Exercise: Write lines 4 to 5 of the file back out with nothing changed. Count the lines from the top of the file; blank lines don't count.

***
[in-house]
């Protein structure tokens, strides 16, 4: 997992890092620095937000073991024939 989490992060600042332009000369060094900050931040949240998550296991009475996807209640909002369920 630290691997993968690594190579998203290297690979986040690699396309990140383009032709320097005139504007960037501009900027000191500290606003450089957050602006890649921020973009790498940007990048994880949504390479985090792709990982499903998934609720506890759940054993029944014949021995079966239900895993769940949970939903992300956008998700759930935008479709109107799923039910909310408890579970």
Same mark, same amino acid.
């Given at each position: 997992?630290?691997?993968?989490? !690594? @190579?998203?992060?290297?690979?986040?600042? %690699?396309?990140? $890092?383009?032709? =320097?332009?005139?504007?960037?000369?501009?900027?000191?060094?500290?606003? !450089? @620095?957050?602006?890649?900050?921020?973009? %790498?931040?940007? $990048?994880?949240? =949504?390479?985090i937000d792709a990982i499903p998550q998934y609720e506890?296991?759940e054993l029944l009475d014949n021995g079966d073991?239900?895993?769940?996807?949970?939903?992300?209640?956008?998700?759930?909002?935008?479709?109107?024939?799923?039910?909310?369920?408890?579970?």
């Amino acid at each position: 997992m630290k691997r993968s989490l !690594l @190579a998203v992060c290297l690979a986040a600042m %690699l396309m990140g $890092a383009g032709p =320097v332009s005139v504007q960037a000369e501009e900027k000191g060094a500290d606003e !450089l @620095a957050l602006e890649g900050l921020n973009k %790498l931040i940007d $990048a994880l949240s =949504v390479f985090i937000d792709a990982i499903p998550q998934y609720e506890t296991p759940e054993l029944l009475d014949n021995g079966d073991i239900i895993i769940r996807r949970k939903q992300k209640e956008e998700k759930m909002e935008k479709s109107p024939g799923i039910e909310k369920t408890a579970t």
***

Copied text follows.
């Given at each position: 997992?630290?691997?993968?989490? !690594? @190579?998203?992060?290297?690979?986040?600042? %690699?396309?990140? $890092?383009?032709? =320097?332009?005139?504007?960037?000369?501009?900027?000191?060094?500290?606003? !450089? @620095?957050?602006?890649?900050?921020?973009? %790498?931040?940007? $990048?994880?949240? =949504?390479?985090i937000d792709a990982i499903p998550q998934y609720e506890?296991?759940e054993l029944l009475d014949n021995g079966d073991?239900?895993?769940?996807?949970?939903?992300?209640?956008?998700?759930?909002?935008?479709?109107?024939?799923?039910?909310?369920?408890?579970?």
């Amino acid at each position: 997992m630290k691997r993968s989490l !690594l @190579a998203v992060c290297l690979a986040a600042m %690699l396309m990140g $890092a383009g032709p =320097v332009s005139v504007q960037a000369e501009e900027k000191g060094a500290d606003e !450089l @620095a957050l602006e890649g900050l921020n973009k %790498l931040i940007d $990048a994880l949240s =949504v390479f985090i937000d792709a990982i499903p998550q998934y609720e506890t296991p759940e054993l029944l009475d014949n021995g079966d073991i239900i895993i769940r996807r949970k939903q992300k209640e956008e998700k759930m909002e935008k479709s109107p024939g799923i039910e909310k369920t408890a579970t």